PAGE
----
Recently, it has felt as though political discourse has completely broken down and our elections and government are more contested than ever. However, most Americans take for granted that regardless of who was elected as president, once the term ends, the president will peacefully transfer power to the president-elect. The military will respect the results of the election and will not seize control of the country. States will challenge the federal government in court when they believe it has overreached its authority.
We often fail to fully appreciate the institutions, traditions, and checks and balances that help stabilize our democracy. This is certainly not the case for many of those living in the world’s young democracies that are still in danger of slipping back to totalitarianism.
The Long Road to Freedom
I highly recommend former Secretary of State Condoleezza Rice’s latest book, Democracy: Stories from the Long Road to Freedom. Rice takes the reader on a 486-page journey detailing how young democracies survive or fail, and drives home her belief that the promotion of democracy should be a key element in American foreign policy. Rice also writes about how her concerns with the rise of populism, nativism, protectionism and isolationism in the U.S. and Europe.
Rice is an expert in her field and her book is chock-full of data and thoughtful analysis to defend her positions. I found the moving personal anecdotes, such as growing up during the end of the Jim Crow era in Alabama, and incredible professional experiences, such as advising President George H.W. Bush during the fall of the Soviet Union, to be the most compelling aspect of her work.
Those who are skeptical of America’s role in the promotion of democracy may find the book particularly interesting because Rice confronts those often costly failures head-on. Regardless of your political leanings, I believe you will be a better-informed citizen for reading her book.
Beyond her main thesis, I believe Rice’s detailed analysis of what makes or breaks a new democracy provides an important lesson for business leaders looking to expand their operations into emerging democracies.
How Democracy Sinks or Swims
“There is no more thrilling moment than when people finally seize their rights and their liberty. That moment is necessary, right, and inevitable. It is also terrifying and disruptive and chaotic,” writes Rice.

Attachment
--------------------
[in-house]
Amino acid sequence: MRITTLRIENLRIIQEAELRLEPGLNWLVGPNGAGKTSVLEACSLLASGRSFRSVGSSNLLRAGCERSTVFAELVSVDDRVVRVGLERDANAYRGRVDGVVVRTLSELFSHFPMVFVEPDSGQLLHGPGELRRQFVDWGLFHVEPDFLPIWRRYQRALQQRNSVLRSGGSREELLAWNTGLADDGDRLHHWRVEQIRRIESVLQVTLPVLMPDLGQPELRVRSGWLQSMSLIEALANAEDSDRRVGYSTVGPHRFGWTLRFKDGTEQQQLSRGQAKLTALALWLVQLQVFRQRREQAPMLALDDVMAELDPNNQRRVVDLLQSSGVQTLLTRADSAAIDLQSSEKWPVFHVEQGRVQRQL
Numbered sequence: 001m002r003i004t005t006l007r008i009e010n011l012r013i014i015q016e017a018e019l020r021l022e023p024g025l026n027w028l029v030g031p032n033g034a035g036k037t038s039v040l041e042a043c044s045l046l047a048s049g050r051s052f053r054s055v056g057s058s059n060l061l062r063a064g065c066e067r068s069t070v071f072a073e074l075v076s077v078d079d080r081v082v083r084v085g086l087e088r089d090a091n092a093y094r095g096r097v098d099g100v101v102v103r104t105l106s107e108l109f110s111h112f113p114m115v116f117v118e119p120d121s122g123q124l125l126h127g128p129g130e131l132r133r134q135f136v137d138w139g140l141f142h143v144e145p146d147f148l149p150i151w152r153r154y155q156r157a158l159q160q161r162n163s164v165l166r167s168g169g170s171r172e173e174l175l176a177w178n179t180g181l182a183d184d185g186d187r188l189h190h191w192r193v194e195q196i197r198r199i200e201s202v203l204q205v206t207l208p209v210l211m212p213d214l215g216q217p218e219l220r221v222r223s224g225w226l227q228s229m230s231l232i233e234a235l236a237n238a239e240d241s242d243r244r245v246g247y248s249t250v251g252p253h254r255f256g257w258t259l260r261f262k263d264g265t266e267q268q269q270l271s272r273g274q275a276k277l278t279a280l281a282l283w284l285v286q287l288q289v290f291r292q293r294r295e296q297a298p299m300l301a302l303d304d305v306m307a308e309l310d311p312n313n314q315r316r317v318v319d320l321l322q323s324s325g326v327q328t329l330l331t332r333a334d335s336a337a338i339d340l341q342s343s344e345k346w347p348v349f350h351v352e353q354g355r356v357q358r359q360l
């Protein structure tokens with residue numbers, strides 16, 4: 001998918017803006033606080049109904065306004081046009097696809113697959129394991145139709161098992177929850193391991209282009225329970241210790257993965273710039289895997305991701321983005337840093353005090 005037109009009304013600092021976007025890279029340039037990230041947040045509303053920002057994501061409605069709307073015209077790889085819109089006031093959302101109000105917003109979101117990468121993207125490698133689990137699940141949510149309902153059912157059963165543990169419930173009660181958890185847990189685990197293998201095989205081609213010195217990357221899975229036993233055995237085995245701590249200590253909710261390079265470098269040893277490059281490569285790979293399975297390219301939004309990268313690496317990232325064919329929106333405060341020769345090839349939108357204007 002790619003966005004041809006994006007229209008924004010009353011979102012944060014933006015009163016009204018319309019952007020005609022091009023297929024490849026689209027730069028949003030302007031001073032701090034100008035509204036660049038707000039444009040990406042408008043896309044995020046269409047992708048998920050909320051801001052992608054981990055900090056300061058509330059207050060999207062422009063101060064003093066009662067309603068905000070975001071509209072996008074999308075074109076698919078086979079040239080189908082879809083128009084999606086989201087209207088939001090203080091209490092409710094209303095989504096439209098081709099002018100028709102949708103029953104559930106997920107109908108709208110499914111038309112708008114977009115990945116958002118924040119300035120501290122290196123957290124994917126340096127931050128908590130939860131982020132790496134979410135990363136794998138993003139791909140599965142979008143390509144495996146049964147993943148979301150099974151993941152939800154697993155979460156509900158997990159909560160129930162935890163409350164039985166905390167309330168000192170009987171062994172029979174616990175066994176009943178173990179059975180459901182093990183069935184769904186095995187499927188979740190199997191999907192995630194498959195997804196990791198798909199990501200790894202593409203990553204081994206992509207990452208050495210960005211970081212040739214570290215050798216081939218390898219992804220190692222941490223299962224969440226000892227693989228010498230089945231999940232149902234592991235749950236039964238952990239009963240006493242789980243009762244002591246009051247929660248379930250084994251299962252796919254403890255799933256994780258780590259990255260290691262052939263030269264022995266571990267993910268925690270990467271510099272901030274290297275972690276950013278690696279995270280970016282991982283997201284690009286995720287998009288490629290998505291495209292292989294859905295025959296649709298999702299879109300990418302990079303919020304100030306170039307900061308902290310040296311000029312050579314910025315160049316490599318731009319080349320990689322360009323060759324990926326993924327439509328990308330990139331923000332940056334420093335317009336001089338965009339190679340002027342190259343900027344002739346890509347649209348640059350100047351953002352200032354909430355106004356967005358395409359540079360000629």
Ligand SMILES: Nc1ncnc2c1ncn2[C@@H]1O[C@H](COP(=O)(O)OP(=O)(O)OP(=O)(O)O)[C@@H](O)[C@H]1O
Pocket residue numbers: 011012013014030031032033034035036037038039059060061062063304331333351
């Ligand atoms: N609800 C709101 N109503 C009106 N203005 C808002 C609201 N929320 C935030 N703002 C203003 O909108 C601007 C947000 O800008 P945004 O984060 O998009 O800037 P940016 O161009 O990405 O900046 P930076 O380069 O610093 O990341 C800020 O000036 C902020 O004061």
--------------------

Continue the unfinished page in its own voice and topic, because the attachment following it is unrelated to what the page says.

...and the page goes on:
Rice takes the reader through the democratic struggles of countries including Russia, Kenya, Ukraine, Colombia, Poland, Tunisia, Turkey, Ghana and Iraq. All of these countries have thrilling yet frequently terrifying and disruptive paths to democracy and faced serious challenges to their new system of government. Some have been democratic success stories, others have failed and for some, it is still unclear if democracy will take root.
This begs the question: what is the determining factor between a developing democracy that succeeds or fails?
As Rice explains, “Democracy’s development is never a straight line,” but a key differentiator in ensuring a democracy is built on a strong foundation is the strength of its institutions. “Democracy requires balance in many spheres…and ultimately between state and society. In functioning democracies, institutions are invested in protecting that equilibrium. Citizens must trust them as arbiters in disputes and, when necessary, as vehicles for change.”
The main theme of her work is that without strong institutions, young democracies can easily revert to totalitarian regimes. Imagine if George Washington decided to stay on for life as our country’s first president instead of peacefully handing the reins to John Adams. Or if a state refused to abide by a Supreme Court decision.
Both of these and other challenges were possibilities from our country’s founding until the crescendo of the Civil War and civil rights movement of the 20th century — which Rice calls the “second founding of America.” These same challenges are faced by new democracies that do not necessarily have a long tradition of stabling institutions.
Lessons for Businesses Expanding into Emerging Markets
Although Rice’s book is first and foremost an argument for promoting democracy around the world, I also saw it as a must-read for business leaders who plan on expanding their operations into newly democratic countries.
Included her analysis of what makes a young democracy strong are guidelines for companies to follow to ensure they are investing in a country that is less likely to revert to totalitarianism and experience the turmoil that typically accompanies such changes.
The same institutions that help create a stable democracy are also indicators of whether the country is a stable place to do business. This is particularly true in in places where, as Rice puts it, “the abrupt shift to capitalism outpaced the establishment of rule of law and institutions that could regulate against its excesses.”
Rice names the following as being important to a stable democracy:
- Regular and fair elections
- Peaceful transfer of power
- Strong and fair police and judiciary
- Free and open press
- Vibrant private sector with a solid legal and regulatory framework
- Strong political parties that include loyal opposition
- Political discourse signifying a skepticism of populism, nativism, protectionism and isolationism
- Support of NGOs, such as the Millennium Challenge Corporation and the National Endowment for Democracy, which give foreign aid only to countries that are taking positive steps to strengthen their democracies
Although Rice’s book is a clear defense of her belief that America has a moral responsibility and a security interest in promoting democracy abroad, its insights into the key features of stable young democracies can also serve the business community. For both points, I believe you will be better informed after reading it.